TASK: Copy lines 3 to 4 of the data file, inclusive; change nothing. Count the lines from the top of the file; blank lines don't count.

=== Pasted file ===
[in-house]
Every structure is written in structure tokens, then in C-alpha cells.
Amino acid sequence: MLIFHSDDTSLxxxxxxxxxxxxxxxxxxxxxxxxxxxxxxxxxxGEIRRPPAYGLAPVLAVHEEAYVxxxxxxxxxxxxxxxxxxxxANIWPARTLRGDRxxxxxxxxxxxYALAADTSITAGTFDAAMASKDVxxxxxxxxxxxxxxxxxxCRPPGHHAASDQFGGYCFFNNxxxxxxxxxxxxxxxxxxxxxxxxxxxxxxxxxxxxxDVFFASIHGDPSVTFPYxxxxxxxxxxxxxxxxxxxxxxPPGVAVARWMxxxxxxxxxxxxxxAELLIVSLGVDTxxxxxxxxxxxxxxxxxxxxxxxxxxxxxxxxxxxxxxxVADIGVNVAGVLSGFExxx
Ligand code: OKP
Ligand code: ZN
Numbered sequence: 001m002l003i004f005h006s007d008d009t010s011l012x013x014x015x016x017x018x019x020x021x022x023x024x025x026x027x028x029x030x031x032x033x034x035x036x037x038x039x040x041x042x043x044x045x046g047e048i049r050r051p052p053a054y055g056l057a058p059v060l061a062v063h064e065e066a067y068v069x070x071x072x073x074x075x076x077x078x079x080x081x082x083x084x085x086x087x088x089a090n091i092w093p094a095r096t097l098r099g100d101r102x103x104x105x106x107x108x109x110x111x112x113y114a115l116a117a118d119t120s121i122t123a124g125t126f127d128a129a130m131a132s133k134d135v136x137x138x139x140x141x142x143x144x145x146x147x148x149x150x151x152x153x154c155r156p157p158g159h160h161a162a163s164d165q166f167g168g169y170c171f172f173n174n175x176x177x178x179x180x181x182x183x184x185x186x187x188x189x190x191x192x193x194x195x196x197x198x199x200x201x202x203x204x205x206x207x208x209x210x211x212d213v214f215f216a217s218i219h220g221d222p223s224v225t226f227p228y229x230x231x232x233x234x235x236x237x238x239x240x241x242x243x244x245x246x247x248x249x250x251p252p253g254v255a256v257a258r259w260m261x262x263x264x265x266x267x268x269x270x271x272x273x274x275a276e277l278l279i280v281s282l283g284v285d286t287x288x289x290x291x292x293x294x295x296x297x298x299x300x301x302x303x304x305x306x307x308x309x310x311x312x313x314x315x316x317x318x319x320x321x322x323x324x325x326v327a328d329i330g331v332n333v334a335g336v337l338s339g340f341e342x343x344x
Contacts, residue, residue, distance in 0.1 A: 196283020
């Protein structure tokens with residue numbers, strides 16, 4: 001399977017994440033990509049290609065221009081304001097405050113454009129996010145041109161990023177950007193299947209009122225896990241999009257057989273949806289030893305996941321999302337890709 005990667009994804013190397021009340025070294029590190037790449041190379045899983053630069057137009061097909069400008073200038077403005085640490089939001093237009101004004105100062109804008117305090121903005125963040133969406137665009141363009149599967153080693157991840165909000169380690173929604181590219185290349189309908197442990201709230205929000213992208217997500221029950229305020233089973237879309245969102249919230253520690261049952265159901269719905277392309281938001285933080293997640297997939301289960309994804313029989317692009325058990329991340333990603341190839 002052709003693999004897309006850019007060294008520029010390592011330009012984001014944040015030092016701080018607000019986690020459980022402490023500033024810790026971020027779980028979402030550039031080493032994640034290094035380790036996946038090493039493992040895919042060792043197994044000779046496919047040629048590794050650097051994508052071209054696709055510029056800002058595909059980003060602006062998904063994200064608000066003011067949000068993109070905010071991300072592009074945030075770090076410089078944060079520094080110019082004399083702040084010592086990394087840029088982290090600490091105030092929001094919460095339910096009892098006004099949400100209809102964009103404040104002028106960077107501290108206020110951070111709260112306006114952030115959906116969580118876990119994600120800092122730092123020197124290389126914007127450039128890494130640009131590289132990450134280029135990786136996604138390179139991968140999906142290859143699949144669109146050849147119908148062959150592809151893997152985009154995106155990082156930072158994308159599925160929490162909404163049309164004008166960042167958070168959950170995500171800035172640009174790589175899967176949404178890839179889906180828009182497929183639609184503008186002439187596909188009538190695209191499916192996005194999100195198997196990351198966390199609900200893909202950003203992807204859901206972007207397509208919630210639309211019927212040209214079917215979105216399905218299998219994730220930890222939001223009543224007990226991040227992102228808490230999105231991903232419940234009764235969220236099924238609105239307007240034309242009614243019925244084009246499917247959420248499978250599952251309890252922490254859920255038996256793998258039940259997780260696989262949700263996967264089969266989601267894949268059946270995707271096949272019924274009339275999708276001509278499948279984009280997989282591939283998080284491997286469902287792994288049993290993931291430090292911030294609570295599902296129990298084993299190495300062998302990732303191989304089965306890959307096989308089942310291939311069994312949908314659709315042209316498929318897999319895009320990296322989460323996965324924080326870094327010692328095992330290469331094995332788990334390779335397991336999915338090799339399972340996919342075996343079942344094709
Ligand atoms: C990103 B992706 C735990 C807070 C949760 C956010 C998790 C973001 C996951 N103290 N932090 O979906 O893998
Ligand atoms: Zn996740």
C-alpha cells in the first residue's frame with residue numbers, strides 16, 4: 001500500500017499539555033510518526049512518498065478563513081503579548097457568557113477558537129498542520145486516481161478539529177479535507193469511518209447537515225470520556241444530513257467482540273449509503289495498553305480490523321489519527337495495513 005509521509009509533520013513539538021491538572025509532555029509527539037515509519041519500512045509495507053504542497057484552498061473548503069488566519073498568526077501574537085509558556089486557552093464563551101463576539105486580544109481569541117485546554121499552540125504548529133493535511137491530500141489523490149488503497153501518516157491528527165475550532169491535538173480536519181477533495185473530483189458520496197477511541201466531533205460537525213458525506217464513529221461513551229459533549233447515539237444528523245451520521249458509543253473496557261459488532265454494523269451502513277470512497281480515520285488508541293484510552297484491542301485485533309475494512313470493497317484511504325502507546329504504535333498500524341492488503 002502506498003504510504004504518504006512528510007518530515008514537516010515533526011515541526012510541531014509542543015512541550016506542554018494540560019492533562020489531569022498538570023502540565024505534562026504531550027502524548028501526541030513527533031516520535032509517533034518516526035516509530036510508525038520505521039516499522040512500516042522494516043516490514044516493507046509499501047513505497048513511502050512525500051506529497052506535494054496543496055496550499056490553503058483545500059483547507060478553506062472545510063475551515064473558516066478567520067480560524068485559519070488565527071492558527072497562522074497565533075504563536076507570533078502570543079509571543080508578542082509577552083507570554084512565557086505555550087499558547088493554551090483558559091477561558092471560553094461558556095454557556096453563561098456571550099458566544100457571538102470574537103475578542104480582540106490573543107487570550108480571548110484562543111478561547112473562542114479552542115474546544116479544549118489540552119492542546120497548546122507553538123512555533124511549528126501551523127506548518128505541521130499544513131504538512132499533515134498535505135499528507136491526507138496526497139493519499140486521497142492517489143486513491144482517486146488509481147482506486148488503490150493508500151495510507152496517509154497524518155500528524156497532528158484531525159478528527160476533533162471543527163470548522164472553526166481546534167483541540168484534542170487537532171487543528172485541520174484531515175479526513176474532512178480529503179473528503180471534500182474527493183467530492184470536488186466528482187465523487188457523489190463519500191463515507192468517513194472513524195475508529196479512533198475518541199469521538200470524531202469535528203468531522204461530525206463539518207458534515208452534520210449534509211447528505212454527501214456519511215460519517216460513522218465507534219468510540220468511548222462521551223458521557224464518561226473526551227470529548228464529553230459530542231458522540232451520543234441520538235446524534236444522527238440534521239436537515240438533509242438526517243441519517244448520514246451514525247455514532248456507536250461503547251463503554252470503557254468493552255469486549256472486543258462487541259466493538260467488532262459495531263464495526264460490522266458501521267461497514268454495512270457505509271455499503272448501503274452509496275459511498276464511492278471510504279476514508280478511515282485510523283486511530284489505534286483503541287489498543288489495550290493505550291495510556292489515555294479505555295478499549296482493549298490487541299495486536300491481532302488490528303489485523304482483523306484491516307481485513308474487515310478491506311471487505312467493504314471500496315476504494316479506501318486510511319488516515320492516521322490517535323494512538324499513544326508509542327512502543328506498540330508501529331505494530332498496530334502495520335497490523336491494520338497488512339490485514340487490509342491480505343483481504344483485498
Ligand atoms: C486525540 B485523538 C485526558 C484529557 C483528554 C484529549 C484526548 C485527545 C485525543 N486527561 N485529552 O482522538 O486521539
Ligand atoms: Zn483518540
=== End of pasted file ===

Amino acid sequence: MLIFHSDDTSLxxxxxxxxxxxxxxxxxxxxxxxxxxxxxxxxxxGEIRRPPAYGLAPVLAVHEEAYVxxxxxxxxxxxxxxxxxxxxANIWPARTLRGDRxxxxxxxxxxxYALAADTSITAGTFDAAMASKDVxxxxxxxxxxxxxxxxxxCRPPGHHAASDQFGGYCFFNNxxxxxxxxxxxxxxxxxxxxxxxxxxxxxxxxxxxxxDVFFASIHGDPSVTFPYxxxxxxxxxxxxxxxxxxxxxxPPGVAVARWMxxxxxxxxxxxxxxAELLIVSLGVDTxxxxxxxxxxxxxxxxxxxxxxxxxxxxxxxxxxxxxxxVADIGVNVAGVLSGFExxx
Ligand code: OKP